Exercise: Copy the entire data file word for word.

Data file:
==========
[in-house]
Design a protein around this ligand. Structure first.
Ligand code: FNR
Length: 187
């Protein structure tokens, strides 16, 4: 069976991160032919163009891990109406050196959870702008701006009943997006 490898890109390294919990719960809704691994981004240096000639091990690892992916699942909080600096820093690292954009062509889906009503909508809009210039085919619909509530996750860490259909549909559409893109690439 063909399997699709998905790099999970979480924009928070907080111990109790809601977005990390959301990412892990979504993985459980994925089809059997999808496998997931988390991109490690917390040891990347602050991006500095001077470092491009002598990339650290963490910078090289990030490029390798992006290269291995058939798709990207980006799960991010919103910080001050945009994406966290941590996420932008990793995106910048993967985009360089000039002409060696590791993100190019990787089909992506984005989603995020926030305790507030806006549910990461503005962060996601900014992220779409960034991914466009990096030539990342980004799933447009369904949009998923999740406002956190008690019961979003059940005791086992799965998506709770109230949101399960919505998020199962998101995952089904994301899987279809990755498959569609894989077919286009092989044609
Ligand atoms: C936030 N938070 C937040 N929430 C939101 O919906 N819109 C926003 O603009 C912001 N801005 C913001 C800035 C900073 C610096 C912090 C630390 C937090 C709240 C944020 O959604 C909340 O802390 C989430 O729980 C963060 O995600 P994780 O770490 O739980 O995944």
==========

[in-house]
Design a protein around this ligand. Structure first.
Ligand code: FNR
Length: 187
């Protein structure tokens, strides 16, 4: 069976991160032919163009891990109406050196959870702008701006009943997006 490898890109390294919990719960809704691994981004240096000639091990690892992916699942909080600096820093690292954009062509889906009503909508809009210039085919619909509530996750860490259909549909559409893109690439 063909399997699709998905790099999970979480924009928070907080111990109790809601977005990390959301990412892990979504993985459980994925089809059997999808496998997931988390991109490690917390040891990347602050991006500095001077470092491009002598990339650290963490910078090289990030490029390798992006290269291995058939798709990207980006799960991010919103910080001050945009994406966290941590996420932008990793995106910048993967985009360089000039002409060696590791993100190019990787089909992506984005989603995020926030305790507030806006549910990461503005962060996601900014992220779409960034991914466009990096030539990342980004799933447009369904949009998923999740406002956190008690019961979003059940005791086992799965998506709770109230949101399960919505998020199962998101995952089904994301899987279809990755498959569609894989077919286009092989044609
Ligand atoms: C936030 N938070 C937040 N929430 C939101 O919906 N819109 C926003 O603009 C912001 N801005 C913001 C800035 C900073 C610096 C912090 C630390 C937090 C709240 C944020 O959604 C909340 O802390 C989430 O729980 C963060 O995600 P994780 O770490 O739980 O995944």